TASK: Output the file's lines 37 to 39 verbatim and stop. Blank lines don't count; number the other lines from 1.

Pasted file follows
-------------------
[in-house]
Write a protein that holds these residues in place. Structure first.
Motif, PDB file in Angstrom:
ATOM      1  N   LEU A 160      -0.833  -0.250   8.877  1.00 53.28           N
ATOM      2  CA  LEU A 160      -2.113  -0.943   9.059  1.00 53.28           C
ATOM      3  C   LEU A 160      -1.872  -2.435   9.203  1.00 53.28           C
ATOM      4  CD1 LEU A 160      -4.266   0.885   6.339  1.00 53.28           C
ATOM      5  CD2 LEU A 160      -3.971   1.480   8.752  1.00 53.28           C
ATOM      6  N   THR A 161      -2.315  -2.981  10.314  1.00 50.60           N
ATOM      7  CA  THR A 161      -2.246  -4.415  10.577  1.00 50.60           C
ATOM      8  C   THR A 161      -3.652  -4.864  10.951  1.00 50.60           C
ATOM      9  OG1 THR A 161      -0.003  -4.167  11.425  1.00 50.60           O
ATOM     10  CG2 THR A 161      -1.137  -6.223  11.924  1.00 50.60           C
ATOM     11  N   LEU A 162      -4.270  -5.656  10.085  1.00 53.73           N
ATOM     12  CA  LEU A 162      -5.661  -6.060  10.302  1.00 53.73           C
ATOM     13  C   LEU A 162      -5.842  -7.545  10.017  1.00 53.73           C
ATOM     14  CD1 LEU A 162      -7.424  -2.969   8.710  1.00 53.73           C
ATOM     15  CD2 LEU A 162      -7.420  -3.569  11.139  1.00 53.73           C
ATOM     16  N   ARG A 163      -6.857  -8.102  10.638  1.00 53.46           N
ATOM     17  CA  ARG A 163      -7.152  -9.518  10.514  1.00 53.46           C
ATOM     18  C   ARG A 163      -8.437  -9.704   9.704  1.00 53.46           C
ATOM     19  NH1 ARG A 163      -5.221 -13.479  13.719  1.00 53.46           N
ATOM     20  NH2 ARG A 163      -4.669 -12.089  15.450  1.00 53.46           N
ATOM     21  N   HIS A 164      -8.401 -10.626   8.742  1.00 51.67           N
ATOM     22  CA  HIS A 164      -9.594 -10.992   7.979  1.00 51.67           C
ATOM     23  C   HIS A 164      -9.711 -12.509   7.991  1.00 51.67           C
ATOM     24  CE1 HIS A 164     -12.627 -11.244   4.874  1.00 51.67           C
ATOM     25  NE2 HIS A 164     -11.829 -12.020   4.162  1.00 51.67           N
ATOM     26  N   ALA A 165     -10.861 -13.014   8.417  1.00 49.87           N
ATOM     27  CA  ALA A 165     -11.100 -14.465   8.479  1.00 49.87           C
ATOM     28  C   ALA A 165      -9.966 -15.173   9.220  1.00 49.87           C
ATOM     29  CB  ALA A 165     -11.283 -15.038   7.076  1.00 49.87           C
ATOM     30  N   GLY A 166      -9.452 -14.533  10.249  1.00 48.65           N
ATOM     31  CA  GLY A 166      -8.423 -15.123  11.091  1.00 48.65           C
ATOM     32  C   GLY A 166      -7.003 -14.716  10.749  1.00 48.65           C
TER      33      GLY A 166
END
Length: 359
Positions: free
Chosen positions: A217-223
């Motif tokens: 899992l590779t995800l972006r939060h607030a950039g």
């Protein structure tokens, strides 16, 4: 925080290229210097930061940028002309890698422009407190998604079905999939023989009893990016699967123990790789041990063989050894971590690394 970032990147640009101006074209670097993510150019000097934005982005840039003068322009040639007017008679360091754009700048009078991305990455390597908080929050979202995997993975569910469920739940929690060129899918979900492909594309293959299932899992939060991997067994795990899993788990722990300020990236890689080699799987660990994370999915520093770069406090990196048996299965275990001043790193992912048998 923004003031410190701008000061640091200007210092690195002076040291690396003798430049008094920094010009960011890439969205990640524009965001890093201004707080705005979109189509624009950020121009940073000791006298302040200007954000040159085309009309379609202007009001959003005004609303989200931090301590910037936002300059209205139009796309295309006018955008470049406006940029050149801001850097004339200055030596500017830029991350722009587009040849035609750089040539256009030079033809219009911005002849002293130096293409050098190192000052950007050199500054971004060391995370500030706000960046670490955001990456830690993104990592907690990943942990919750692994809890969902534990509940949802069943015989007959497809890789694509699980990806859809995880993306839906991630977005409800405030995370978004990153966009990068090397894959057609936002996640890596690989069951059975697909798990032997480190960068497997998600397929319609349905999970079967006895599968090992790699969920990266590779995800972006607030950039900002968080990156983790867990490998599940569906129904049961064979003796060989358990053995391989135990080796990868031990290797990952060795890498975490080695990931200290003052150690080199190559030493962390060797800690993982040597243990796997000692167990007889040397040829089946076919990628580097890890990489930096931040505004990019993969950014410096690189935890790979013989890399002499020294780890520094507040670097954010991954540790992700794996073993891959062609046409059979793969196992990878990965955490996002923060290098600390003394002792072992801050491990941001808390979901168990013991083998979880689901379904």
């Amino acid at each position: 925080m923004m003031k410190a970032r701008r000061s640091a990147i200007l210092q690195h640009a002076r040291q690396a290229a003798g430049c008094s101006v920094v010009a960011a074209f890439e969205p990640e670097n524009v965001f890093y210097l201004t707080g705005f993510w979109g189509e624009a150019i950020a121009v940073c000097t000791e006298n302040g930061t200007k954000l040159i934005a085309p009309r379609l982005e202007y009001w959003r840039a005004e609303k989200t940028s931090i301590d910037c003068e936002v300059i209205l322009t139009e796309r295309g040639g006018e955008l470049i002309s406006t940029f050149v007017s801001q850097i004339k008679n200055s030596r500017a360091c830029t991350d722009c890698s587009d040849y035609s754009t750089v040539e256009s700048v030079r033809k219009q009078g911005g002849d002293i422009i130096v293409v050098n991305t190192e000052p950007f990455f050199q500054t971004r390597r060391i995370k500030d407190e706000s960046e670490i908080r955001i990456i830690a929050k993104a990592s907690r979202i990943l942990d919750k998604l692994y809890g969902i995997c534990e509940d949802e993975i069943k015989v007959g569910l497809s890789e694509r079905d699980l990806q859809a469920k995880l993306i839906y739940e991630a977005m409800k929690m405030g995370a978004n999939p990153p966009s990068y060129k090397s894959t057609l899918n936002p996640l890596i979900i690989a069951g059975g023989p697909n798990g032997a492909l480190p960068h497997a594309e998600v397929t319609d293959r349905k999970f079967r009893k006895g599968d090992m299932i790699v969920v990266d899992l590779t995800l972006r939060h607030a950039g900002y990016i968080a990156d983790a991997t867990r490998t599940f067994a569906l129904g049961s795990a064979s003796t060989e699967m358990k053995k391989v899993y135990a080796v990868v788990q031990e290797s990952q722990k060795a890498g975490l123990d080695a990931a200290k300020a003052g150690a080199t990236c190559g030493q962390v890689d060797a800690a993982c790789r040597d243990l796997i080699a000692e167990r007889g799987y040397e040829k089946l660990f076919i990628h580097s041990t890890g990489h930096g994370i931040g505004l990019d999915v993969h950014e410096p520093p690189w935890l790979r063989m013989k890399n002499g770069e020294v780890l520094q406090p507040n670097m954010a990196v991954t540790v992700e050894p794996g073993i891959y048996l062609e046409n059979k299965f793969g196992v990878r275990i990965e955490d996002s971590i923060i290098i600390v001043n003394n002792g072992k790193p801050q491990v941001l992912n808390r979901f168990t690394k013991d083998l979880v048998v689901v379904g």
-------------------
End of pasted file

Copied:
END
Length: 359
Positions: free